TRANSPORTATION: Colorado’s sweeping transportation bill passed a committee vote yesterday, but a plan to expand highways — which advocates note is a step backward on climate action — is a growing point of tension. (Denver Post)

Denver-based Guzman Energy is planning an 80 MW solar array in western Colorado to supply a co-op that cut ties with Tri-State Generation and Transmission last year. (PV Magazine)
A California company that has installed more solar roofs than Tesla announces plans for a new research and manufacturing facility. (Canary Media)
Hawaiian Electric is seeking public comments on how to increase adoption of rooftop solar. (Maui Now)
Tesla will install a rooftop solar array at its Fremont, California, plant as part of a settlement over air pollution violations. (Teslarati)

ELECTRIFICATION: Colorado advocates discuss how provisions in a state climate bill will help advance the phase-out of gas appliances in homes. (Colorado Sun)

A Washington lawmaker says the legislature looked carefully at the shortfalls of California’s cap-and-trade system to avoid repeating mistakes in a recently passed climate bill. (U.S. News and World Report)
Meanwhile, Oregon lawmakers are studying a conservative-backed program in British Columbia after efforts to pass a carbon tax prompted Republican walkouts in 2019 and 2020. (Jefferson Public Radio / InvestigateWest)

OIL & GAS: The Interior Department said Friday it would drop a Trump administration proposal that could have weakened rules for drilling in Arctic waters. (Associated Press)

NUCLEAR: Montana Gov. Greg Gianforte signed a bill Friday that revokes a 1978 law requiring nuclear plants be put to a public vote. (KPVI)

FINANCE: Nevada Gov. Steve Sisolak asks lawmakers to create a state infrastructure bank that could help fund roads, public transportation and energy storage projects. (Associated Press)

COAL: A state report finds Wyoming lost 16,000 jobs in 2020, with 5,900 of those coming from the mining sector. (Cowboy State Daily)

A University of Wyoming professor will spend a year in France to study how a former coal-producing region transitioned away from fossil fuels. (Wyoming Public Media)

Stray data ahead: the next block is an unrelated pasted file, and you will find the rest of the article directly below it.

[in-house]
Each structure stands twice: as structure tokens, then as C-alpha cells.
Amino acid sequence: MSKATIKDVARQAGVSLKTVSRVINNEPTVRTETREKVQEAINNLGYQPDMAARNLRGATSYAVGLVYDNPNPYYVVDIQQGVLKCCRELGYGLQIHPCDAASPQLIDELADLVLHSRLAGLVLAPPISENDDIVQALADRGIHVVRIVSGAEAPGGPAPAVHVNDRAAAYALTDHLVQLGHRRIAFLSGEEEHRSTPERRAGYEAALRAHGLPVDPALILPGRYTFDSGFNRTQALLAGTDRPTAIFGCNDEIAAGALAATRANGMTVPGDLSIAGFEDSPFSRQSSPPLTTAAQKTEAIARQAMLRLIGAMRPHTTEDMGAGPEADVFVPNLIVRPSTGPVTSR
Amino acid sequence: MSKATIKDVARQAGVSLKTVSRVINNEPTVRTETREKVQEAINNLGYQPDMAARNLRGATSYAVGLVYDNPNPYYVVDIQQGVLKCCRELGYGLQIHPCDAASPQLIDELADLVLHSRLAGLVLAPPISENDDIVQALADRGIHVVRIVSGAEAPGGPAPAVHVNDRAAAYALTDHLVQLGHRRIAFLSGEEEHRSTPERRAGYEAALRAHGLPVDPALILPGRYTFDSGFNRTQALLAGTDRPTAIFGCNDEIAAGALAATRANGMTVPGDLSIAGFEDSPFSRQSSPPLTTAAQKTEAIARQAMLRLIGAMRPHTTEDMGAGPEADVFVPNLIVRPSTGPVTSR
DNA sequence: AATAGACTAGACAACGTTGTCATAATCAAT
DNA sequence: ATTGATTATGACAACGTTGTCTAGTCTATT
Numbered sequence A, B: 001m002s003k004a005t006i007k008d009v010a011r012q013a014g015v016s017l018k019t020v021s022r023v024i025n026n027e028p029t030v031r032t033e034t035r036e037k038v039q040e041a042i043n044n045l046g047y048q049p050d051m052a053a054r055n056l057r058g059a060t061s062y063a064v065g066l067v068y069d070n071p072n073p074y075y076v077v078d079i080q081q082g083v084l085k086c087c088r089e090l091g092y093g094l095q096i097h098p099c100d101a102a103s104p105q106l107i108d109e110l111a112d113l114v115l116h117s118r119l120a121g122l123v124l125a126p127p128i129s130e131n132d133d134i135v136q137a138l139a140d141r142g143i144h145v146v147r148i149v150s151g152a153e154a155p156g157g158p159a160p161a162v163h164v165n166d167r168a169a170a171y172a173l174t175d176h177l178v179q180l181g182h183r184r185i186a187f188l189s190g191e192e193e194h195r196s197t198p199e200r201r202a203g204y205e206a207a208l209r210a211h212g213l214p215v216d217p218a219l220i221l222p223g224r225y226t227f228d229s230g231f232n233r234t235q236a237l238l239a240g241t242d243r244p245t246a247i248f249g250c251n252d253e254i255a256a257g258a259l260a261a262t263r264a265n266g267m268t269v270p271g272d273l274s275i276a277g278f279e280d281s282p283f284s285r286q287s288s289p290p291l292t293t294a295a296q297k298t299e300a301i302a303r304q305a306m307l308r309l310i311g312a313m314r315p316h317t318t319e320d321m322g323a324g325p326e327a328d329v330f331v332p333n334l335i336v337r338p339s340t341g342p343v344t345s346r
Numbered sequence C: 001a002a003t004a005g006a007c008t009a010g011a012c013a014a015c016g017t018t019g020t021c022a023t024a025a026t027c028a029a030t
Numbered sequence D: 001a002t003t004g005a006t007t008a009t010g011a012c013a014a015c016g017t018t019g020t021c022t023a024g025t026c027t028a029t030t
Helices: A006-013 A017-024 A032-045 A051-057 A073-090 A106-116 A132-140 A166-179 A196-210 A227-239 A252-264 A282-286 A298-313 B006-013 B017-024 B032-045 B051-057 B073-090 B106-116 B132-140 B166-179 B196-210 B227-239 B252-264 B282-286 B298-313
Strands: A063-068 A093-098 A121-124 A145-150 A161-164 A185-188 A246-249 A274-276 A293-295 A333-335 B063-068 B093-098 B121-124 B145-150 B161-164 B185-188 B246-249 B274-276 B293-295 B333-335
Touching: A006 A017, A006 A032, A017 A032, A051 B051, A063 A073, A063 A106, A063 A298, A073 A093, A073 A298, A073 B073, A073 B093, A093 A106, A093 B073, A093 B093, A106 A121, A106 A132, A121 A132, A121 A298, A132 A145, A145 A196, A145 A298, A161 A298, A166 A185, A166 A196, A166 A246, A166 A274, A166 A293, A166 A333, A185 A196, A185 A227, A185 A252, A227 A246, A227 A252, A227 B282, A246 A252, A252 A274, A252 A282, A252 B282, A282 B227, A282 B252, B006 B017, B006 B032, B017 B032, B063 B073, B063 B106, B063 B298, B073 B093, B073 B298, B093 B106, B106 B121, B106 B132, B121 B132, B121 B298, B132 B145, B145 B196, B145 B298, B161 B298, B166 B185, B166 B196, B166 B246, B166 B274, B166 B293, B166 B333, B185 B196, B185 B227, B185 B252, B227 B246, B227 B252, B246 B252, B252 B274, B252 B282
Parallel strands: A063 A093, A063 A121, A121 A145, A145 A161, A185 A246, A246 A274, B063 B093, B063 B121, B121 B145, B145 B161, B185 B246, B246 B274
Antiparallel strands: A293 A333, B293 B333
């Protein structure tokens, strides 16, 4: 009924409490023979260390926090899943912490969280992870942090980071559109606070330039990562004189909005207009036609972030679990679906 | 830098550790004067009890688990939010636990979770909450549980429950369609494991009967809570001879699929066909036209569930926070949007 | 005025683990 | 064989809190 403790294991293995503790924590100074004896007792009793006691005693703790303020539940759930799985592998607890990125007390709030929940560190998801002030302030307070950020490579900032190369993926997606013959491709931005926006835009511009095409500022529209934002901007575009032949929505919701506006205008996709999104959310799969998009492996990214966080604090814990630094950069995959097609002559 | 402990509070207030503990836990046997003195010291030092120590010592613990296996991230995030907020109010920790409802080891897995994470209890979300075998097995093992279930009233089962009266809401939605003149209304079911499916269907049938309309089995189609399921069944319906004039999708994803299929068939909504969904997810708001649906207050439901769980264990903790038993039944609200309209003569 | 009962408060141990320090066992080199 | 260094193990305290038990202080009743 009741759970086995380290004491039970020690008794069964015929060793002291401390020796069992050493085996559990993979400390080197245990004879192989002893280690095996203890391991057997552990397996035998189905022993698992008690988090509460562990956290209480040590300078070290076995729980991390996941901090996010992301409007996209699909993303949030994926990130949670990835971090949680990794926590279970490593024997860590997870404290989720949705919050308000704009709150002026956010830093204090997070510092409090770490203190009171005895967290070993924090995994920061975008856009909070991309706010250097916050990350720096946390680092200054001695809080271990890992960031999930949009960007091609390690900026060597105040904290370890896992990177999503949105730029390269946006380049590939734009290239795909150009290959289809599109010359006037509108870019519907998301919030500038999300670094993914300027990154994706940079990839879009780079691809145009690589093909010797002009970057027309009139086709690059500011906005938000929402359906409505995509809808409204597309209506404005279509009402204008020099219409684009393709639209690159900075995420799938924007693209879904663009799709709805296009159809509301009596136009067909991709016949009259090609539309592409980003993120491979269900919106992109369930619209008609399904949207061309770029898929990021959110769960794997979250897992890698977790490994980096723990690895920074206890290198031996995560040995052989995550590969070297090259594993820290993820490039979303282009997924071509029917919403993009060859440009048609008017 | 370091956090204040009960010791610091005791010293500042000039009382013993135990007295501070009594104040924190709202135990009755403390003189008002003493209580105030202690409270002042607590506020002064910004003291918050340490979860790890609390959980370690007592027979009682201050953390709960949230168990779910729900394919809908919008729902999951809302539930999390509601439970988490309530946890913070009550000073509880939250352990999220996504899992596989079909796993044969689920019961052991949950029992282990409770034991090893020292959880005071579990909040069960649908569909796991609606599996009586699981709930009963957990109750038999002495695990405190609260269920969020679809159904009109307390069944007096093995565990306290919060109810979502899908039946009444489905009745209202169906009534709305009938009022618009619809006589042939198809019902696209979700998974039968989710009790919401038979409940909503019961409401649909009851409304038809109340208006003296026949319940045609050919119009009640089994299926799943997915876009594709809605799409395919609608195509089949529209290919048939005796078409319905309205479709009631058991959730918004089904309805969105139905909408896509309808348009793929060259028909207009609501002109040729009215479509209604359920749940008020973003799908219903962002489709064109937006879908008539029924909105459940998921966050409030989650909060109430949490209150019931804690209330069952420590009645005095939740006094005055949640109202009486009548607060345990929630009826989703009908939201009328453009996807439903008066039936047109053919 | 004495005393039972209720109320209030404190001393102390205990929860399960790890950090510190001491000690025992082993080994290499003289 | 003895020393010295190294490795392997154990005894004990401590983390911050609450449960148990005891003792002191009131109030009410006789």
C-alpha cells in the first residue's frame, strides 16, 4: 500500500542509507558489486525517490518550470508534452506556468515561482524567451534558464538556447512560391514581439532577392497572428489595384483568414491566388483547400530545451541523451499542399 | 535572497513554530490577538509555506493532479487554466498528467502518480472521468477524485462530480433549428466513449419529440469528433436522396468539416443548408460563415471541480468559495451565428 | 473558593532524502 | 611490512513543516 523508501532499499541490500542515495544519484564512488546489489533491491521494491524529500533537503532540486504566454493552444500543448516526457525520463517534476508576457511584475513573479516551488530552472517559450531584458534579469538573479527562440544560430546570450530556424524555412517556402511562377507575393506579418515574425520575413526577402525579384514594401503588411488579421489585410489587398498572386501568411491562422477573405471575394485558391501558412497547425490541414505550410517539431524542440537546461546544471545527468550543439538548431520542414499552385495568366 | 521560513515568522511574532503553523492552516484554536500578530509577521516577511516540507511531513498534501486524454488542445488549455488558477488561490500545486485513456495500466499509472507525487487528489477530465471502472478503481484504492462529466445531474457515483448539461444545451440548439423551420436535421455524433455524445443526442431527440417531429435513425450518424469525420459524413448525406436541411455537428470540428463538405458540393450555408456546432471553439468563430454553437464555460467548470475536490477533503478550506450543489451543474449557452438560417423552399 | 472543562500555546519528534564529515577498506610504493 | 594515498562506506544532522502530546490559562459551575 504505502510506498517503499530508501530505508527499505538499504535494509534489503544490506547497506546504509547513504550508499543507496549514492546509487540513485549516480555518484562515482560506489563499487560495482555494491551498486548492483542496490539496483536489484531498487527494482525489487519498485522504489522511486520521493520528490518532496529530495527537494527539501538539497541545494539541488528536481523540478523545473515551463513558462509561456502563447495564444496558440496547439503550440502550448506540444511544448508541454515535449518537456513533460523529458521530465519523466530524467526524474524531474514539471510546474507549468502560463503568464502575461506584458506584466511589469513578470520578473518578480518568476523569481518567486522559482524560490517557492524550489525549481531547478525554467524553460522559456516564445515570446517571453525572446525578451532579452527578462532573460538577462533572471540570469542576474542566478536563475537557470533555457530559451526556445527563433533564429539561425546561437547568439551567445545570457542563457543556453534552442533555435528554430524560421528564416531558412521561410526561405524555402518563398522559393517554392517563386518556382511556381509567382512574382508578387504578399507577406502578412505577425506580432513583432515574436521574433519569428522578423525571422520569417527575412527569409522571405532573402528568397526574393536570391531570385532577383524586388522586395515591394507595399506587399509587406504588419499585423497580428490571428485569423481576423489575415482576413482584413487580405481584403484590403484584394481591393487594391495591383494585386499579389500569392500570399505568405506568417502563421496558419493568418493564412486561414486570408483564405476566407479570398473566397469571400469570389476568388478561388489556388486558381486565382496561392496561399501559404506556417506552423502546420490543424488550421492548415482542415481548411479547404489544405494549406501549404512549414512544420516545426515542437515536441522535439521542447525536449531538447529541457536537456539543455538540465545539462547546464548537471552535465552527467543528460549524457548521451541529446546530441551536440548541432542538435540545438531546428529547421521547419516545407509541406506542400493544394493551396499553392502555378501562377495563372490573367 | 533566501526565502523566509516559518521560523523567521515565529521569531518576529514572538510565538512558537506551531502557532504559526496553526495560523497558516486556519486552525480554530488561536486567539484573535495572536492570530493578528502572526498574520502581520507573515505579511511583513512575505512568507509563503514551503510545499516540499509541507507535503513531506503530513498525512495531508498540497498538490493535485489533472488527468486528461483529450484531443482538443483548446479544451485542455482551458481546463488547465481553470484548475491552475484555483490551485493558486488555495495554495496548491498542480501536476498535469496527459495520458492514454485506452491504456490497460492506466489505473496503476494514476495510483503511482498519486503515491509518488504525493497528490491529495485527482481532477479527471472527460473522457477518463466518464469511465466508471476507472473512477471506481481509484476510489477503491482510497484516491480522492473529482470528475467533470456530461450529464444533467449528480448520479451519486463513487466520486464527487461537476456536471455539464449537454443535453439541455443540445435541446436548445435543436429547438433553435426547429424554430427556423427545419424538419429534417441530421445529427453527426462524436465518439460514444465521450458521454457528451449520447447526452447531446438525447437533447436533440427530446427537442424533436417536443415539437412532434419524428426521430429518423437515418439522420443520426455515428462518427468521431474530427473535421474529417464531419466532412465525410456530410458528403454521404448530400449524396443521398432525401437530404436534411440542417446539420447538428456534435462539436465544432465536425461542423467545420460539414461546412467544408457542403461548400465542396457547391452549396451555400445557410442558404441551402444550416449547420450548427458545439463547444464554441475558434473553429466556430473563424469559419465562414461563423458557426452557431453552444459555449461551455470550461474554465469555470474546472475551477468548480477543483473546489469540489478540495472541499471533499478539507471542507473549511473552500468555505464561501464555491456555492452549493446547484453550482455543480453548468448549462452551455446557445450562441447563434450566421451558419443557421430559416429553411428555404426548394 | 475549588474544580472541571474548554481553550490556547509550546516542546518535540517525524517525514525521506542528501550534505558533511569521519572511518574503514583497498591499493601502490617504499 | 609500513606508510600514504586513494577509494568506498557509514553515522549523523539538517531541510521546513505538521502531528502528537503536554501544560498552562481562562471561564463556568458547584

A Wyoming legislative committee discusses ways to diversify the state’s tax structure, which remains heavily dependent on coal and oil revenues. (Wyoming News Now)

• A Utah climate advocate and a former U.S. representative say conservatives need to engage on the clean energy transition to avoid “governing by executive order.” (Deseret News)
• A Nevada advocate says a proposal to expand Las Vegas’s growth boundary will encourage sprawl and increase emissions at a time when the state needs to be more aggressive on climate change. (Las Vegas Sun) 

Ken is the director of the Energy News Network at Fresh Energy and is a founding editor of both Midwest Energy News and Southeast Energy News. Prior to joining Fresh Energy, he was the managing editor for online news at Minnesota Public Radio. He started his journalism career in 2002 as a copy editor for the Duluth News Tribune before spending five years at the Spokesman-Review in Spokane, Washington, where he worked as a copy editor, online producer, features editor and night city editor. A Nebraska native, Ken has a bachelor's degree from the University of Nebraska-Lincoln and a master's degree from the University of Oregon. He is a member of the Society of Professional Journalists and Investigative Reporters and Editors.